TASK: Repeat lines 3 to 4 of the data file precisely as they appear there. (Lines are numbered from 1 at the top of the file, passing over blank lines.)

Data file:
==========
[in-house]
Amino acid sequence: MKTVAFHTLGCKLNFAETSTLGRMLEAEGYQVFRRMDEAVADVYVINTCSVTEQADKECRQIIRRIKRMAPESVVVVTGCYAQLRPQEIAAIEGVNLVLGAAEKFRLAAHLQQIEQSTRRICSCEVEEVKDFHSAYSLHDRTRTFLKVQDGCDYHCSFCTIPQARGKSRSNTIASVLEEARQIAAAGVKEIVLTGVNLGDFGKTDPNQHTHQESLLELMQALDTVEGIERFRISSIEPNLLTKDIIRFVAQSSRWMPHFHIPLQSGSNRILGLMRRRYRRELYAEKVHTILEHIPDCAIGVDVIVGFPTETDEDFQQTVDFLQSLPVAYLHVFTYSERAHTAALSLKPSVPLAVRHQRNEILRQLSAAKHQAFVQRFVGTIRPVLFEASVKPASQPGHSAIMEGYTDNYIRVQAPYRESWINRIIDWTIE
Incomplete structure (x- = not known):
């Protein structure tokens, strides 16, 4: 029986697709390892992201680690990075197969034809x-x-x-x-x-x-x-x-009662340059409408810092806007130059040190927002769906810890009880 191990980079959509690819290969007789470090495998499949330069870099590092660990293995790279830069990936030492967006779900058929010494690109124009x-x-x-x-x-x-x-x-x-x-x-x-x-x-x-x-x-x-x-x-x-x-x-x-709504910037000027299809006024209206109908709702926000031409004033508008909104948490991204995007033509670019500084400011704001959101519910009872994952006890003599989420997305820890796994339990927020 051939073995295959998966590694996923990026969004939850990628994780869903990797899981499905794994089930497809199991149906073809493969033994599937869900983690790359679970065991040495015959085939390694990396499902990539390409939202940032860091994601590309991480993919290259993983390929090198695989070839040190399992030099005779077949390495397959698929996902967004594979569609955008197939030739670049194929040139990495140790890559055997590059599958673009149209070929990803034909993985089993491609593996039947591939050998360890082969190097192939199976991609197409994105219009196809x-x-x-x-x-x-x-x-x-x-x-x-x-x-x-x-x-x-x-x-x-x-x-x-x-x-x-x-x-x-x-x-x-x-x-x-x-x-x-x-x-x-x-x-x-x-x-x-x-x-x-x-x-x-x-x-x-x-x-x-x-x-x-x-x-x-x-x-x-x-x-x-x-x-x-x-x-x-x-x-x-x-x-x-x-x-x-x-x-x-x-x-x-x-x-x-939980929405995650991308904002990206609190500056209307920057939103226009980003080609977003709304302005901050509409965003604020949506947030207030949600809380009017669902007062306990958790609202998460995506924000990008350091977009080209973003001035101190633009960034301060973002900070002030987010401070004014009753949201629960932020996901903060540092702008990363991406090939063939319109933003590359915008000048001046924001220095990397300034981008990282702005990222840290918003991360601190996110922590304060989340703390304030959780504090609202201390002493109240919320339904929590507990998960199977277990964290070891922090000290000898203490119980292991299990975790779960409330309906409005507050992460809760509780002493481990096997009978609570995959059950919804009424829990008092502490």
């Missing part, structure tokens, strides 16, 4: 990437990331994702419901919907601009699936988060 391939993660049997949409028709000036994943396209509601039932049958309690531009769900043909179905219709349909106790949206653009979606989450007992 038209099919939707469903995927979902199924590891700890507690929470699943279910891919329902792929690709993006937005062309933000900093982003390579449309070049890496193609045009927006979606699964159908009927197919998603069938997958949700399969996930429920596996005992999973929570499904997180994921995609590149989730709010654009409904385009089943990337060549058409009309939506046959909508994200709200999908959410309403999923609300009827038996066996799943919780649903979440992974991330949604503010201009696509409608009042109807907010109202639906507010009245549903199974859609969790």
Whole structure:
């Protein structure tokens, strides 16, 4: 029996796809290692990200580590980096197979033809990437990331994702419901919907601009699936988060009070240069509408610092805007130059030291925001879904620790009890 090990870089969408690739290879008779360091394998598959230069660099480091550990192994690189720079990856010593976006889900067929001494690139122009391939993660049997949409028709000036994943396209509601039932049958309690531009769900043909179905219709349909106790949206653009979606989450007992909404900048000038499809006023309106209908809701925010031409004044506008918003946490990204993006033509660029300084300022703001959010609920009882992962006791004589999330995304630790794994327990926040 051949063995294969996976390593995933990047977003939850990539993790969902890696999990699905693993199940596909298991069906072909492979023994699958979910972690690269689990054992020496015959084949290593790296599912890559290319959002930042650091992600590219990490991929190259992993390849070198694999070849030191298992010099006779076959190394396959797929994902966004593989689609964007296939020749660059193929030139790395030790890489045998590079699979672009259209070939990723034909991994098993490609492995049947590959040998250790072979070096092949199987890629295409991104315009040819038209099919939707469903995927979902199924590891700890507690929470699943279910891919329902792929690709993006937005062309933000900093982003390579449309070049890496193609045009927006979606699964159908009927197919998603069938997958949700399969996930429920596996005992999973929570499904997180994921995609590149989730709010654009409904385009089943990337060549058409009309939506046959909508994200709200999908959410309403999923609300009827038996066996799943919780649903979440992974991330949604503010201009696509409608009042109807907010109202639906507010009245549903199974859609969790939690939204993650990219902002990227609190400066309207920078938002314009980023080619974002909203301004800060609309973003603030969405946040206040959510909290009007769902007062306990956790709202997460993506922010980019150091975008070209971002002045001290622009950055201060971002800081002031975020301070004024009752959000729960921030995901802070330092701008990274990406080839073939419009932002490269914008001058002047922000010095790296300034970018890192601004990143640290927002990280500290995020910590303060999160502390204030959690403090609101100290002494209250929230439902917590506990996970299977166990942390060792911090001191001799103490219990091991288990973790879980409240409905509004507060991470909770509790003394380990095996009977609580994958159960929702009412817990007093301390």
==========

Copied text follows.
Incomplete structure (x- = not known):
């Protein structure tokens, strides 16, 4: 029986697709390892992201680690990075197969034809x-x-x-x-x-x-x-x-009662340059409408810092806007130059040190927002769906810890009880 191990980079959509690819290969007789470090495998499949330069870099590092660990293995790279830069990936030492967006779900058929010494690109124009x-x-x-x-x-x-x-x-x-x-x-x-x-x-x-x-x-x-x-x-x-x-x-x-709504910037000027299809006024209206109908709702926000031409004033508008909104948490991204995007033509670019500084400011704001959101519910009872994952006890003599989420997305820890796994339990927020 051939073995295959998966590694996923990026969004939850990628994780869903990797899981499905794994089930497809199991149906073809493969033994599937869900983690790359679970065991040495015959085939390694990396499902990539390409939202940032860091994601590309991480993919290259993983390929090198695989070839040190399992030099005779077949390495397959698929996902967004594979569609955008197939030739670049194929040139990495140790890559055997590059599958673009149209070929990803034909993985089993491609593996039947591939050998360890082969190097192939199976991609197409994105219009196809x-x-x-x-x-x-x-x-x-x-x-x-x-x-x-x-x-x-x-x-x-x-x-x-x-x-x-x-x-x-x-x-x-x-x-x-x-x-x-x-x-x-x-x-x-x-x-x-x-x-x-x-x-x-x-x-x-x-x-x-x-x-x-x-x-x-x-x-x-x-x-x-x-x-x-x-x-x-x-x-x-x-x-x-x-x-x-x-x-x-x-x-x-x-x-x-939980929405995650991308904002990206609190500056209307920057939103226009980003080609977003709304302005901050509409965003604020949506947030207030949600809380009017669902007062306990958790609202998460995506924000990008350091977009080209973003001035101190633009960034301060973002900070002030987010401070004014009753949201629960932020996901903060540092702008990363991406090939063939319109933003590359915008000048001046924001220095990397300034981008990282702005990222840290918003991360601190996110922590304060989340703390304030959780504090609202201390002493109240919320339904929590507990998960199977277990964290070891922090000290000898203490119980292991299990975790779960409330309906409005507050992460809760509780002493481990096997009978609570995959059950919804009424829990008092502490």